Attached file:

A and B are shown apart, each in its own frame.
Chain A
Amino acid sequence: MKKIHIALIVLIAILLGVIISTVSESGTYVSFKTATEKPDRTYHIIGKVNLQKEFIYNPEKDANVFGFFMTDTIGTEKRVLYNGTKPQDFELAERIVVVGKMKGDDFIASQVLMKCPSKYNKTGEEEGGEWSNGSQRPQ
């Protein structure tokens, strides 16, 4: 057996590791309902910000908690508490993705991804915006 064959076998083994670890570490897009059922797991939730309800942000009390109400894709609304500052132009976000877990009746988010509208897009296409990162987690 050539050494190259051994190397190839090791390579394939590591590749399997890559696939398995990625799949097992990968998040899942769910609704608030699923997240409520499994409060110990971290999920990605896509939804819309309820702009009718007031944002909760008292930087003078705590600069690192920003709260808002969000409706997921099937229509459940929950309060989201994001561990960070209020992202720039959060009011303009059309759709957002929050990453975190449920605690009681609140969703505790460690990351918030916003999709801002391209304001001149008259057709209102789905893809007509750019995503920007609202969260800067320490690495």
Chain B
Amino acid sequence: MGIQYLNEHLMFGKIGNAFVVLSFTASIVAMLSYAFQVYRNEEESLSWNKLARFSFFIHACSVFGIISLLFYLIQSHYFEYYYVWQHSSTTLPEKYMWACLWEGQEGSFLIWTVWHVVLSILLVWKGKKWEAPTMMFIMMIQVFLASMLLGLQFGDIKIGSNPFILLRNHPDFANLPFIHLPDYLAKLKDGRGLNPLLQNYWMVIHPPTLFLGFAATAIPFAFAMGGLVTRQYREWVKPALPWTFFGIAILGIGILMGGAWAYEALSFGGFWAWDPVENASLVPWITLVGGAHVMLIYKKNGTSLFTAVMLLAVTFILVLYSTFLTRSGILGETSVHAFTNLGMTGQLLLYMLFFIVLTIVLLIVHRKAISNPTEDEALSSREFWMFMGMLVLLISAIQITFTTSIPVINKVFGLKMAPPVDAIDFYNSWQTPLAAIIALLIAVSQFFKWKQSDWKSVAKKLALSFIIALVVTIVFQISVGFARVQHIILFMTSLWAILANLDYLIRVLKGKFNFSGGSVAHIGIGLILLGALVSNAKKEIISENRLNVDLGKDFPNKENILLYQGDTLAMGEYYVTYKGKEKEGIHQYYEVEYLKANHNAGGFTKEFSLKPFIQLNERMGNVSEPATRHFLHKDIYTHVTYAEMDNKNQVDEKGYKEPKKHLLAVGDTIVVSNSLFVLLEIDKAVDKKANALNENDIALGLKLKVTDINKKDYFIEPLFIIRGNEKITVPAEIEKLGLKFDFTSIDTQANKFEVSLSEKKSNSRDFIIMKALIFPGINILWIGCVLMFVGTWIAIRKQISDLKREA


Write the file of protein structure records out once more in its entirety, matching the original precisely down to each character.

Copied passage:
A and B are shown apart, each in its own frame.
Chain A
Amino acid sequence: MKKIHIALIVLIAILLGVIISTVSESGTYVSFKTATEKPDRTYHIIGKVNLQKEFIYNPEKDANVFGFFMTDTIGTEKRVLYNGTKPQDFELAERIVVVGKMKGDDFIASQVLMKCPSKYNKTGEEEGGEWSNGSQRPQ
């Protein structure tokens, strides 16, 4: 057996590791309902910000908690508490993705991804915006 064959076998083994670890570490897009059922797991939730309800942000009390109400894709609304500052132009976000877990009746988010509208897009296409990162987690 050539050494190259051994190397190839090791390579394939590591590749399997890559696939398995990625799949097992990968998040899942769910609704608030699923997240409520499994409060110990971290999920990605896509939804819309309820702009009718007031944002909760008292930087003078705590600069690192920003709260808002969000409706997921099937229509459940929950309060989201994001561990960070209020992202720039959060009011303009059309759709957002929050990453975190449920605690009681609140969703505790460690990351918030916003999709801002391209304001001149008259057709209102789905893809007509750019995503920007609202969260800067320490690495």
Chain B
Amino acid sequence: MGIQYLNEHLMFGKIGNAFVVLSFTASIVAMLSYAFQVYRNEEESLSWNKLARFSFFIHACSVFGIISLLFYLIQSHYFEYYYVWQHSSTTLPEKYMWACLWEGQEGSFLIWTVWHVVLSILLVWKGKKWEAPTMMFIMMIQVFLASMLLGLQFGDIKIGSNPFILLRNHPDFANLPFIHLPDYLAKLKDGRGLNPLLQNYWMVIHPPTLFLGFAATAIPFAFAMGGLVTRQYREWVKPALPWTFFGIAILGIGILMGGAWAYEALSFGGFWAWDPVENASLVPWITLVGGAHVMLIYKKNGTSLFTAVMLLAVTFILVLYSTFLTRSGILGETSVHAFTNLGMTGQLLLYMLFFIVLTIVLLIVHRKAISNPTEDEALSSREFWMFMGMLVLLISAIQITFTTSIPVINKVFGLKMAPPVDAIDFYNSWQTPLAAIIALLIAVSQFFKWKQSDWKSVAKKLALSFIIALVVTIVFQISVGFARVQHIILFMTSLWAILANLDYLIRVLKGKFNFSGGSVAHIGIGLILLGALVSNAKKEIISENRLNVDLGKDFPNKENILLYQGDTLAMGEYYVTYKGKEKEGIHQYYEVEYLKANHNAGGFTKEFSLKPFIQLNERMGNVSEPATRHFLHKDIYTHVTYAEMDNKNQVDEKGYKEPKKHLLAVGDTIVVSNSLFVLLEIDKAVDKKANALNENDIALGLKLKVTDINKKDYFIEPLFIIRGNEKITVPAEIEKLGLKFDFTSIDTQANKFEVSLSEKKSNSRDFIIMKALIFPGINILWIGCVLMFVGTWIAIRKQISDLKREA